Asylum Seekers in the Age of Offshoring: Shrinking Space for Human Rights Protection

London/Berlin/Copenhagen - In the not-so-distant past, the concept of offshore immigration policies, which involve shifting the responsibility of processing asylum claims to a different country, was largely associated with populist far-right ideologies.

However, today, as the world grapples with the looming climate crisis and a humanitarian catastrophe at Europe's borders, we find ourselves in an era where countries are increasingly reneging on their obligations under international human rights law. These nations are instead pushing for policies that effectively remove asylum seekers from public view, creating a host of challenges for activists and communities advocating for freedom of movement and the right to refuge.

How offshore immigration policies are impacting both activists and the communities they support? Unbias The News and shado mag are collaborating to understand better.

This investigative series focuses on three major European cities—London, Copenhagen, and Berlin—and their respective approaches to offshore immigration policies. These cities, often celebrated for their commitment to human rights, have not been immune to the global trend of outsourcing asylum processing.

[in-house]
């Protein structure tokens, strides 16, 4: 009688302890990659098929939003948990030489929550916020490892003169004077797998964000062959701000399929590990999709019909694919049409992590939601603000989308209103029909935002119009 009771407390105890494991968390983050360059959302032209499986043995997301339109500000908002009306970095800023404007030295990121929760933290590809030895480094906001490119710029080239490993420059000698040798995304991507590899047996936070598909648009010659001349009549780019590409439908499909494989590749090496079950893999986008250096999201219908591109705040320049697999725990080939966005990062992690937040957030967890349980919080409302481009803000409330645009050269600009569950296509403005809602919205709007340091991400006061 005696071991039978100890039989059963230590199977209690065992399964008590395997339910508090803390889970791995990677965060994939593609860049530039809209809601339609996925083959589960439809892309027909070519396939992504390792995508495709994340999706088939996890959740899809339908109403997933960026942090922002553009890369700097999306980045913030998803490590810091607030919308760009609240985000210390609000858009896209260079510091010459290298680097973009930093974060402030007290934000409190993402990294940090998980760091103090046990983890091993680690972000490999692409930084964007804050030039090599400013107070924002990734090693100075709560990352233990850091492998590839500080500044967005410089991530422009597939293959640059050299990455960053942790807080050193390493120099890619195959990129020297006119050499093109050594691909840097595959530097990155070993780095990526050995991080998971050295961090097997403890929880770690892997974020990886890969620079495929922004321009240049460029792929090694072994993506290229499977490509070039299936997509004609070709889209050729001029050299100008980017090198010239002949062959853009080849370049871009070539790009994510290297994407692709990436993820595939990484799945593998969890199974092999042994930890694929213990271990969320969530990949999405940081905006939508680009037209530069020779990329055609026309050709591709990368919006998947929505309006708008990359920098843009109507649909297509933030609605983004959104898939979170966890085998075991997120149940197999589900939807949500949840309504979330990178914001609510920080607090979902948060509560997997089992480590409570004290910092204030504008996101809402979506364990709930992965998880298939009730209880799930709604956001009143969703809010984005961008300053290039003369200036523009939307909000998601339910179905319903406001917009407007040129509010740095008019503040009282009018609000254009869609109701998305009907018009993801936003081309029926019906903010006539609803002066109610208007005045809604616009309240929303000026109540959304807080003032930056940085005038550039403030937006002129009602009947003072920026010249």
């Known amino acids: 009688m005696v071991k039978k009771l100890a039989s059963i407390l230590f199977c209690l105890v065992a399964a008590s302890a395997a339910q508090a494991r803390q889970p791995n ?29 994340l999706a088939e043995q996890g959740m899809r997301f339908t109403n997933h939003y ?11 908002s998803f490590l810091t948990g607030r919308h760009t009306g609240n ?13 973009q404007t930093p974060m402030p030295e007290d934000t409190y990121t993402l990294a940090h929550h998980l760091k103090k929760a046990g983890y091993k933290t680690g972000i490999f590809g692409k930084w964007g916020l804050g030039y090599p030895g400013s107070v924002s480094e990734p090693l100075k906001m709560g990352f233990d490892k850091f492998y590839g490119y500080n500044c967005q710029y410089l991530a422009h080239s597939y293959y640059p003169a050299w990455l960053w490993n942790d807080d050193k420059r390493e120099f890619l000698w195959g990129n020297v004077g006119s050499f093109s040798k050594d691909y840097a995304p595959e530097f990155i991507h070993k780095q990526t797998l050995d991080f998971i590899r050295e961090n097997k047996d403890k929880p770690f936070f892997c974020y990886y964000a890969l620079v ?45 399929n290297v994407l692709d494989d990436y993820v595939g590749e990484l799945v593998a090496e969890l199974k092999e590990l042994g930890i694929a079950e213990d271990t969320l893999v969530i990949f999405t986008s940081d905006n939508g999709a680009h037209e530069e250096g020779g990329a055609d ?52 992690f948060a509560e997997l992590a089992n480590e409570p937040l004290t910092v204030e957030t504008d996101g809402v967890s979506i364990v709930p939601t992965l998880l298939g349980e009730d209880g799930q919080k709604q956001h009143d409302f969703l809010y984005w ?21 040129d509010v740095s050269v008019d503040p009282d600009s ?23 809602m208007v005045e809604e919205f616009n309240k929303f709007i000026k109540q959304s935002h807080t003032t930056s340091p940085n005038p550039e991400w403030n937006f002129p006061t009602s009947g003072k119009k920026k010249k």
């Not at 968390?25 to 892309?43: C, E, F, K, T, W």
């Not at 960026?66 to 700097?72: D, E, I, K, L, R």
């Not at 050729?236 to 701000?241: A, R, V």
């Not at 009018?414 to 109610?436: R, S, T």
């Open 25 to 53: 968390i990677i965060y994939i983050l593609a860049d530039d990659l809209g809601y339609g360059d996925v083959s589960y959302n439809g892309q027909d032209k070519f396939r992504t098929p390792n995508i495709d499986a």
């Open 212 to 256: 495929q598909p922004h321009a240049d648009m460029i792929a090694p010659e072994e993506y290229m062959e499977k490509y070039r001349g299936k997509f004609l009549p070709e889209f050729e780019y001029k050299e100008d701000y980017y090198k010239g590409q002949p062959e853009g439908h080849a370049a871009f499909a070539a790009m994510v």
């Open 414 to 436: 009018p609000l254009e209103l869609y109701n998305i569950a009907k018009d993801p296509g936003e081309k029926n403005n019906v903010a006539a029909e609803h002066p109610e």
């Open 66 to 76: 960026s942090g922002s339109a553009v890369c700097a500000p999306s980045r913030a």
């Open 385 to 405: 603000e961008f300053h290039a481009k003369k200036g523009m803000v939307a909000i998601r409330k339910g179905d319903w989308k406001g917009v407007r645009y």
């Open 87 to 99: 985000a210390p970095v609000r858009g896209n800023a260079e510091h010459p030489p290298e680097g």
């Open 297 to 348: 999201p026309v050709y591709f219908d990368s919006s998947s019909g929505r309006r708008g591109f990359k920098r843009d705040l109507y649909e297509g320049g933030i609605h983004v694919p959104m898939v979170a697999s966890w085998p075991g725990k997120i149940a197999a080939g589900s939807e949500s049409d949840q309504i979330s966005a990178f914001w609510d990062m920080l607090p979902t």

📷 Natasha Phang Lee


Isabella Yasmin Kajiwara is a Japanese-British-American community organiser and writer based in London, and co-founder of the London-based Buddhist community 'Soka Space' pop-up library.

Natasha is a UK based freelance illustrator who loves using bold colours and incorporating words or a sense of movement into her work.

Polina Bachlakova is a Canadian journalist and editor based in Copenhagen, with bylines in the BBC, openDemocracy, VICE Identity, FRAME and more.